All of the senses will be engaged in the search for the sacred at Mount St Benedict Centre this year, with the program of events featuring workshops and retreats that will include music, art, writing, and a faith-centred immersion in nature.
Director of the Centre, Natalie Acton, said the program has been carefully collated to offer people a variety of paths to deepen their spirituality.
“We believe that people have their spirituality awakened through different media,” Natalie told The Good Oil. “So we’re holding a variety of workshops and retreat experiences that will draw on art, music, scripture and writing to give people the opportunity to get in touch with the sacred through various means.”
Mount St Benedict Centre, located at Pennant Hills in Sydney, is a ministry of the Sisters of the Good Samaritan and, along with its work of hospitality for groups wishing to take some time out in its beautiful surrounds, it offers one special retreat or workshop each month.
“We’re lucky to have two important partnerships emerging in the program for 2018,” Natalie said.
“The first is a partnership with the Diocese of Broken Bay’s Office for Evangelisation, and the second is with the Rahamim Ecology Centre, an environmental education, spirituality and advocacy ministry of the Institute of Sisters of Mercy of Australia and Papua New Guinea, based in Bathurst.”
The partnership with the Diocese of Broken Bay has resulted in a one-day retreat at Mount St Benedict Centre, entitled “Benedict’s Tools for Peace”. The day of reflection will be facilitated by Good Samaritan Sister Dr Carmel Posa, an esteemed Benedictine scholar and teacher, and will respond to the contemporary question “What does it mean to be at peace in this world at this time, in our hearts, our homes, in our workplaces?”.
The other partnership, with the Rahamim Ecology Centre, will see Sally Neaves, Rahamim’s Eco-Education Coordinator, lead two retreat experiences at Mount St Benedict this year.
The first, in April, is a three-day “Rockforest Reawakening Retreat” which will be co-facilitated by Sally and Pat Long, formally Coordinator of Earthsong in Melbourne. The retreat is an immersion experience in which participants will have the opportunity to deepen their appreciation of the beauty and sacredness of the natural world, hear the cry of the Earth and bring forth imaginative responses to the challenges of our time and place.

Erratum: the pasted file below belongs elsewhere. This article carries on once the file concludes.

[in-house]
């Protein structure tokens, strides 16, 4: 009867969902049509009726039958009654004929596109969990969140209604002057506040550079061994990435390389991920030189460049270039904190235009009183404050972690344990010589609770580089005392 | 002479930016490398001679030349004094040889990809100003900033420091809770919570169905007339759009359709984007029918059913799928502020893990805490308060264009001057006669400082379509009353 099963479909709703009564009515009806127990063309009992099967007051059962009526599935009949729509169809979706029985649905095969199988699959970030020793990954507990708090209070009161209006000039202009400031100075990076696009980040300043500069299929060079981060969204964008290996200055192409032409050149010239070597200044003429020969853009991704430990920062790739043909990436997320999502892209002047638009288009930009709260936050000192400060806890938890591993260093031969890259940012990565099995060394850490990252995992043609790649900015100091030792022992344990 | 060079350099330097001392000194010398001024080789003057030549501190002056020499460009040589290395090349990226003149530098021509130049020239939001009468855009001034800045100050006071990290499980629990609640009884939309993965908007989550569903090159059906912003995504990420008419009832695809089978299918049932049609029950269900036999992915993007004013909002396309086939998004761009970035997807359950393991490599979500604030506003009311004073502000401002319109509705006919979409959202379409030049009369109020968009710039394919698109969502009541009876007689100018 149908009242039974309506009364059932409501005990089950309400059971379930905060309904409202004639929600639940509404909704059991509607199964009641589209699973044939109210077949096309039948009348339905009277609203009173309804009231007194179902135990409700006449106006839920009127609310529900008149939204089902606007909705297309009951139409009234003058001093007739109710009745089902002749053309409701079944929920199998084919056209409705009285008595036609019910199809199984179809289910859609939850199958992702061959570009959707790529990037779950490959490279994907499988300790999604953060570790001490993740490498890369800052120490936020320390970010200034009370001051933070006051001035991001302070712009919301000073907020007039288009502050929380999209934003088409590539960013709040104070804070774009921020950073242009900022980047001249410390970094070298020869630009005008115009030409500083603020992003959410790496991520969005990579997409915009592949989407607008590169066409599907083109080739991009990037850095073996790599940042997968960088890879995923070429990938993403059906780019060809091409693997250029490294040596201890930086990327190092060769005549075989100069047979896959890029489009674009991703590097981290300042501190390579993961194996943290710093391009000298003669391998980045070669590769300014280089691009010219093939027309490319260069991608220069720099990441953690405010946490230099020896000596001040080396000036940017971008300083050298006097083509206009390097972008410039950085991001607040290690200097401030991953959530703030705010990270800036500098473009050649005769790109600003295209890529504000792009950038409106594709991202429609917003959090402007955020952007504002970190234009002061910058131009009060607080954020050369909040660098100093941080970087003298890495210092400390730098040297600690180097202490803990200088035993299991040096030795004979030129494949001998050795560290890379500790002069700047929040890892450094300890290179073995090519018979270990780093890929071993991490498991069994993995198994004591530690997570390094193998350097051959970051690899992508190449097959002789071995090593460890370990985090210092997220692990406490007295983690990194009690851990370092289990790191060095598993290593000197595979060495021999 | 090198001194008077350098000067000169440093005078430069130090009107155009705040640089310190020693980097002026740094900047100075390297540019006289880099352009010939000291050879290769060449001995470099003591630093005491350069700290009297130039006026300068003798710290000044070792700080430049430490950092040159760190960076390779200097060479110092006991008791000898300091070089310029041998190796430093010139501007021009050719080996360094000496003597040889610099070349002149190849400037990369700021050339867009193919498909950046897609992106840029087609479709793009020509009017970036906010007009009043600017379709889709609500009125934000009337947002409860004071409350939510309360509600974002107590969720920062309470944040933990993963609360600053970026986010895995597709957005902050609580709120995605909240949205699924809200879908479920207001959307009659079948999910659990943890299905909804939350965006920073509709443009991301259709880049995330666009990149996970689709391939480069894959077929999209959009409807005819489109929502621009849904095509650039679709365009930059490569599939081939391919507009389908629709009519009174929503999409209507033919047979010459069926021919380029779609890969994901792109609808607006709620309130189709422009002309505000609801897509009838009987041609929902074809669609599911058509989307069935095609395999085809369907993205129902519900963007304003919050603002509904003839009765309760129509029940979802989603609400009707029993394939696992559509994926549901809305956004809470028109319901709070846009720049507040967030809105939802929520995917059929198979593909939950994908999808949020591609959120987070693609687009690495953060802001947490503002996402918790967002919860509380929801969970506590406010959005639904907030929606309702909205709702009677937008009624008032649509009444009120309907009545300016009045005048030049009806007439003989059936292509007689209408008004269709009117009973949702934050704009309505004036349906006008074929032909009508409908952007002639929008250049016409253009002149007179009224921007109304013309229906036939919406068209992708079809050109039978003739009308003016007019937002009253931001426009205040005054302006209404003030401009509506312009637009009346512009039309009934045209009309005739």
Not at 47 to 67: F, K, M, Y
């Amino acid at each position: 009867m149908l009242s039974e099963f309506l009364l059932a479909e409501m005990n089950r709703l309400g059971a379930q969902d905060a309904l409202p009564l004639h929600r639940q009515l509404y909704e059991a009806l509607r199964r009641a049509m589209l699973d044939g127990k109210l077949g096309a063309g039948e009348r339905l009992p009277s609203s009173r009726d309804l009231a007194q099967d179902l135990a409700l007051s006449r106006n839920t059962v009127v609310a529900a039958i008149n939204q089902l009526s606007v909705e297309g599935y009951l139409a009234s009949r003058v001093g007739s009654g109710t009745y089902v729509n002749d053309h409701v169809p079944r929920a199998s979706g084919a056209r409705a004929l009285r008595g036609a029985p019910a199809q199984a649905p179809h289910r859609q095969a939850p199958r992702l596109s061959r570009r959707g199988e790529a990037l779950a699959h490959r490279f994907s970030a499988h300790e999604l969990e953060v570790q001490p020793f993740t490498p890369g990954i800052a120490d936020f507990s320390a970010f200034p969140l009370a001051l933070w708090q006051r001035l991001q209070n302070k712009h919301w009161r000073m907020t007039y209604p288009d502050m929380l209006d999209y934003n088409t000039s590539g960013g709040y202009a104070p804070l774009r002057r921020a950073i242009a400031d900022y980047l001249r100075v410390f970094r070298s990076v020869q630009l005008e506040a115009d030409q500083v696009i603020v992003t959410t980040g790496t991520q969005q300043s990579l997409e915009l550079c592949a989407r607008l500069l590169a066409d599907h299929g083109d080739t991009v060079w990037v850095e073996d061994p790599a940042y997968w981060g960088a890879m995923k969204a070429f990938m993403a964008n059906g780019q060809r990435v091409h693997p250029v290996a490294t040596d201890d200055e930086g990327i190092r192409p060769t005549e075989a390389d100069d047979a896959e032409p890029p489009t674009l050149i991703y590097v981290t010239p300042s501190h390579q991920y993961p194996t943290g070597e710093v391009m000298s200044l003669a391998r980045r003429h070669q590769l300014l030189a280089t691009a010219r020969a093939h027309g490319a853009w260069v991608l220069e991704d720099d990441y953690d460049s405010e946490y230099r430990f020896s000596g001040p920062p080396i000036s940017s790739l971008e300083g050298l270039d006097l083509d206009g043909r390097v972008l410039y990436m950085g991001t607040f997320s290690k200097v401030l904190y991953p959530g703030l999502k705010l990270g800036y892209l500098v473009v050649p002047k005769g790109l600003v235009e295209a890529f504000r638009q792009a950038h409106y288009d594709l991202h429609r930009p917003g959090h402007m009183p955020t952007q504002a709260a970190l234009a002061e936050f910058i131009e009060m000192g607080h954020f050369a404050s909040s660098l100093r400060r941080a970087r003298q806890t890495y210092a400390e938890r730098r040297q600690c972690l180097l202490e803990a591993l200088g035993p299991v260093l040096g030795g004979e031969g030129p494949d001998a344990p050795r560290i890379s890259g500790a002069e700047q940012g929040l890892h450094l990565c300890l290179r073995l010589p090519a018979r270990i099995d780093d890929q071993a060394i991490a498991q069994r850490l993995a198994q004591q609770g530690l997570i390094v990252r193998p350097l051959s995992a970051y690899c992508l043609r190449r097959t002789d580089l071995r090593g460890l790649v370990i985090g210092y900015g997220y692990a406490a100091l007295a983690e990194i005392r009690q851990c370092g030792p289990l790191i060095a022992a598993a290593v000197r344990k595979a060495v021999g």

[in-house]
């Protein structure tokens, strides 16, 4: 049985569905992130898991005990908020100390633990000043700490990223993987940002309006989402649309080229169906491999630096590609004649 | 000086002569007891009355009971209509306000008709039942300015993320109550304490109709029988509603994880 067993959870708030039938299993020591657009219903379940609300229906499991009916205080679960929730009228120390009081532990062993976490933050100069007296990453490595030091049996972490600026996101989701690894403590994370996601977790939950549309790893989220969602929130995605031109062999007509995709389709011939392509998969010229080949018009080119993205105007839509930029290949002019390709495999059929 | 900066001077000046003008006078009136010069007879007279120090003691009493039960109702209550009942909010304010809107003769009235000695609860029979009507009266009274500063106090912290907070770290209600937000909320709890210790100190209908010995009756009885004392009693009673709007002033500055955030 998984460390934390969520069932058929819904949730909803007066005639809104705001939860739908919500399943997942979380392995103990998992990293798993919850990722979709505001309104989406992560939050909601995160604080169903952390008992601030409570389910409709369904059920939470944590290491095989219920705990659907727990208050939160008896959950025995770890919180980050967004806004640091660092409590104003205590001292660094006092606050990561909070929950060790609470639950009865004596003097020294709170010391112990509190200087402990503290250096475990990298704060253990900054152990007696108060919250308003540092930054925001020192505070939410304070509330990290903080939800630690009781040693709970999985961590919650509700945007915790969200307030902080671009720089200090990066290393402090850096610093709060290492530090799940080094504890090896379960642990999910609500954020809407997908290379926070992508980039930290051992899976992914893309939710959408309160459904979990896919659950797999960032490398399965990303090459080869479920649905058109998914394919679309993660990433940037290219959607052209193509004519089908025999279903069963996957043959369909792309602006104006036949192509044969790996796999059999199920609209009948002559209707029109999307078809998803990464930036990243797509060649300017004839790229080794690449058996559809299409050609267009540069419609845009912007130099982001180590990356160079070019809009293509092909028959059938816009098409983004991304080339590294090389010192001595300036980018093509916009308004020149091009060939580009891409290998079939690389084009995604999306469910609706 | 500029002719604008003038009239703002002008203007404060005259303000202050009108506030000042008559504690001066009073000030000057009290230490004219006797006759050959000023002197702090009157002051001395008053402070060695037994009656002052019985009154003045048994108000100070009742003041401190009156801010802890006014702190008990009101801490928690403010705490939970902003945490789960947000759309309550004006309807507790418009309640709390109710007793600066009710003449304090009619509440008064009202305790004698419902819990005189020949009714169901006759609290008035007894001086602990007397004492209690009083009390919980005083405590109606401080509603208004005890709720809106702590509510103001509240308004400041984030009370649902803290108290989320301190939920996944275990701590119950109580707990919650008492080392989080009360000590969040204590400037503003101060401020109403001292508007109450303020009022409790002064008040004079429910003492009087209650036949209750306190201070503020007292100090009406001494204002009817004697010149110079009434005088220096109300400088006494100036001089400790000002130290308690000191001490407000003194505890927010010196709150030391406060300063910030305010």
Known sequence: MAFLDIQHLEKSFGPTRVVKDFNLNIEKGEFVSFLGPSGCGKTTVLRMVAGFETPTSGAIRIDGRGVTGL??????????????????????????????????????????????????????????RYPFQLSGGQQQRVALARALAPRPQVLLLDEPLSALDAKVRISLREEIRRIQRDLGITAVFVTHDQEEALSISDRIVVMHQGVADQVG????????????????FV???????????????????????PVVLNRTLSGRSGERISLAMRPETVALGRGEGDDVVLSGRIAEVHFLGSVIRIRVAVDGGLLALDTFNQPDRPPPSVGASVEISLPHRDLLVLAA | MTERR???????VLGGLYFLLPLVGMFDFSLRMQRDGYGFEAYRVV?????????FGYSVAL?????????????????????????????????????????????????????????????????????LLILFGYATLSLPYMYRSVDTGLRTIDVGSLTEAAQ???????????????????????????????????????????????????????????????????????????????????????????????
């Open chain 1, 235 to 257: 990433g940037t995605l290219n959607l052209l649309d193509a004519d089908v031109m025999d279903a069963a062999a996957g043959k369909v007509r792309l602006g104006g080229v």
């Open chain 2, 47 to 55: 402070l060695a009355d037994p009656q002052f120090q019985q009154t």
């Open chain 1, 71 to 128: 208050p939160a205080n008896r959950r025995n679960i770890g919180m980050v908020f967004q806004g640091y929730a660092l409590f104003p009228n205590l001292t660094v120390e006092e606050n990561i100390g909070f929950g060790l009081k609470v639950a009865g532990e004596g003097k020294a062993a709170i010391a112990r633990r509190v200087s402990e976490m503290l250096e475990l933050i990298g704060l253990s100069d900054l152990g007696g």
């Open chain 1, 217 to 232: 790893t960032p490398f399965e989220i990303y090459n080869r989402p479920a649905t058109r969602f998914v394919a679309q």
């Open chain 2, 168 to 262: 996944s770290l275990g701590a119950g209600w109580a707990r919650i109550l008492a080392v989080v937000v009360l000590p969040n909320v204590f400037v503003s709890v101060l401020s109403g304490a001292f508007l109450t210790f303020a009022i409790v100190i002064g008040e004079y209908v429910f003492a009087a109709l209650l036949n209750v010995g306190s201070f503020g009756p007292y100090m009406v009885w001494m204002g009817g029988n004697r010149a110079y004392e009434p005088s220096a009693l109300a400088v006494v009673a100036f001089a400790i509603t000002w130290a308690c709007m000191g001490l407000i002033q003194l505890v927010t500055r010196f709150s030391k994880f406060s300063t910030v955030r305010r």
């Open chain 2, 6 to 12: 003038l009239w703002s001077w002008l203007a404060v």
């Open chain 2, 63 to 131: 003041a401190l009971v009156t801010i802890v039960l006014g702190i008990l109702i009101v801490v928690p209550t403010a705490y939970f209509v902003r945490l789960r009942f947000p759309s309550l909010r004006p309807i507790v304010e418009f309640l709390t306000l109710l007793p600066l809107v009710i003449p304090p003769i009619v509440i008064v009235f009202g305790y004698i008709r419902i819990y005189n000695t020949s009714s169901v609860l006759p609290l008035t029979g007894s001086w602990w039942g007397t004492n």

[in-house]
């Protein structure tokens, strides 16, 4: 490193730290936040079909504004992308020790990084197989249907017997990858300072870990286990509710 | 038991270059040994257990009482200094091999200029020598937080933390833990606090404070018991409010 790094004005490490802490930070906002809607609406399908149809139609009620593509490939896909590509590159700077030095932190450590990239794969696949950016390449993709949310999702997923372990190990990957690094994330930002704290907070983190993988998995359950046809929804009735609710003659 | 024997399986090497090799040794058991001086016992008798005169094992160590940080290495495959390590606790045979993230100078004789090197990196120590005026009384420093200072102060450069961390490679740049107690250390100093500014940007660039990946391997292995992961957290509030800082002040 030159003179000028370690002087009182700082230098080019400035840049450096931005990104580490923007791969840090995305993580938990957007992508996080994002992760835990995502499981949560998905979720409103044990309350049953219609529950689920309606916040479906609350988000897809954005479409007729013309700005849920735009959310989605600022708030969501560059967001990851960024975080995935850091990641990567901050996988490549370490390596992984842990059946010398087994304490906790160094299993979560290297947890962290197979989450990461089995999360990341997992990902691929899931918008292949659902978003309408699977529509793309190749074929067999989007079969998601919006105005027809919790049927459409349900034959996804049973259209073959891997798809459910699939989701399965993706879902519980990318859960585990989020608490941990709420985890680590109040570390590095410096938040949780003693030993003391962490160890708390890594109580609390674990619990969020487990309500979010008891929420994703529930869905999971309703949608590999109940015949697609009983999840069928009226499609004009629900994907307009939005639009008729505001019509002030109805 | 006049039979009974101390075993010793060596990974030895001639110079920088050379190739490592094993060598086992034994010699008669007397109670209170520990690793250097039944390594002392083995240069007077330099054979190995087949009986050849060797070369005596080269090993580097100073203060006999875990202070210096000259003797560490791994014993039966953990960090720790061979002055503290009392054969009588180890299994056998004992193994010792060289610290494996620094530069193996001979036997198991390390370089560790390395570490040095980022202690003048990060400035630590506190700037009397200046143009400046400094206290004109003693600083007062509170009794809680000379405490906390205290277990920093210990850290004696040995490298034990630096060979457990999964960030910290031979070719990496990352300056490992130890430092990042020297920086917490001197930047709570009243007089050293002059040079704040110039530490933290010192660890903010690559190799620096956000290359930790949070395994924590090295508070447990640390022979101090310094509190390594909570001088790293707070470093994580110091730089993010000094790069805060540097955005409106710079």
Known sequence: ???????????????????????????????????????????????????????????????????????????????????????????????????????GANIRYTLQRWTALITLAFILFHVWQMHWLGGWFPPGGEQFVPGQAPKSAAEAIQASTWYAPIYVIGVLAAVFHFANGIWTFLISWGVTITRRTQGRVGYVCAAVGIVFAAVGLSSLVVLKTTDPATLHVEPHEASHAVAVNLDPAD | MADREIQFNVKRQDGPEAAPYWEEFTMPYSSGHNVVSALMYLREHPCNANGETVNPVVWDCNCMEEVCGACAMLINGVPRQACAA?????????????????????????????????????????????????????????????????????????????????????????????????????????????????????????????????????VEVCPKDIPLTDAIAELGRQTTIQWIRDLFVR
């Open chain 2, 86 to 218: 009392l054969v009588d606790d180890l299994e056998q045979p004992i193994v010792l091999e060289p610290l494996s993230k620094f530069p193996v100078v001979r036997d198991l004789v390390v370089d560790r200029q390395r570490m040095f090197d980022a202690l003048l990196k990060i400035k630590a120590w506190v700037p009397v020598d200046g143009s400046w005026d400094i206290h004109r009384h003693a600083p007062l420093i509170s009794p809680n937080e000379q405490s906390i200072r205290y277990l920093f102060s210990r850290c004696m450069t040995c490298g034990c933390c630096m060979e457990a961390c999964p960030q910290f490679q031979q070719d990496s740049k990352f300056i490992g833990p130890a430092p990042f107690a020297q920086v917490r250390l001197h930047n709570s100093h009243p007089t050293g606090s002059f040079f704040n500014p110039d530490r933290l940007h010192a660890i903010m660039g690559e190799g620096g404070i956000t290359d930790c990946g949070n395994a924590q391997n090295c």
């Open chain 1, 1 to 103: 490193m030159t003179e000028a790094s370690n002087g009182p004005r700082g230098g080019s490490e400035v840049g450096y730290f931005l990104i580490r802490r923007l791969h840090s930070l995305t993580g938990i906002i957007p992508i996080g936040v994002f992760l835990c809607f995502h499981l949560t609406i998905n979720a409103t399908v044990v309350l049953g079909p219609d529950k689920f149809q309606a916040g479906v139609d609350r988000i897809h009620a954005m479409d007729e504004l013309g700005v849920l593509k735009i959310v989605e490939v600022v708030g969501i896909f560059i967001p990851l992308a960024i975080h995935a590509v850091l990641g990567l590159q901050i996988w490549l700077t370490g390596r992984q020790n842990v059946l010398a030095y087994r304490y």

The second is the “Women of Earth Series”, an opportunity to explore the new theological questions arising in our times in response to the challenge of the Earth’s distress. It will be held in July and August, over three weeks of short morning sessions.
Natalie said the partnership with Rahamim reflects and gives action to ecological conversion, one of the key priorities in the Statement of Directions from the Good Samaritan Sisters’ recent Chapter Gathering.
“Pope Francis has called for us to establish a deep and personal connection with the natural world. Our relationship with Earth then becomes the centre from which we respond to the ecological challenges of our times,” she said.
Sally said the three-day retreat will be an opportunity to “rearrange the furniture in our minds” to explore the cosmic story that we’re a part of.
“So it begins with gratitude and awe and wonder, and introduces us to the idea that we need constant practices to remind us that ‘I’m part of this world and this world is sacred’,” she said.
Day two will see participants take a trip to the Blue Mountains to immerse themselves in nature, spend time with both its beauty and its brokenness, and experience and honour the grief felt at the destruction of the natural world around us. An ecologist and an Aboriginal story-teller will be guides for the day.
“And finally, the third day will look at responses to that grief and what that might mean going forward,” Sally said.
“We’ll be looking at how others are responding in our time, getting inspiration, and going back out into the world to see what we ourselves can do.”
Later in the year, Sally will facilitate the “Women of Earth Series” workshops, which will be interactive weekly sessions unpacking the pioneering advances of women in eco-theology which helped pave the way for current contributions in this area, including Pope Francis’ encyclical Laudato Si.
Natalie said that along with these exciting new offerings, Mount St Benedict Centre will continue to run some of its most popular events from past years, including children’s meditation workshops, a Lenten reflection day, the popular Advent Festival and the six-day guided retreat, which this year will be led by Bishop David Walker.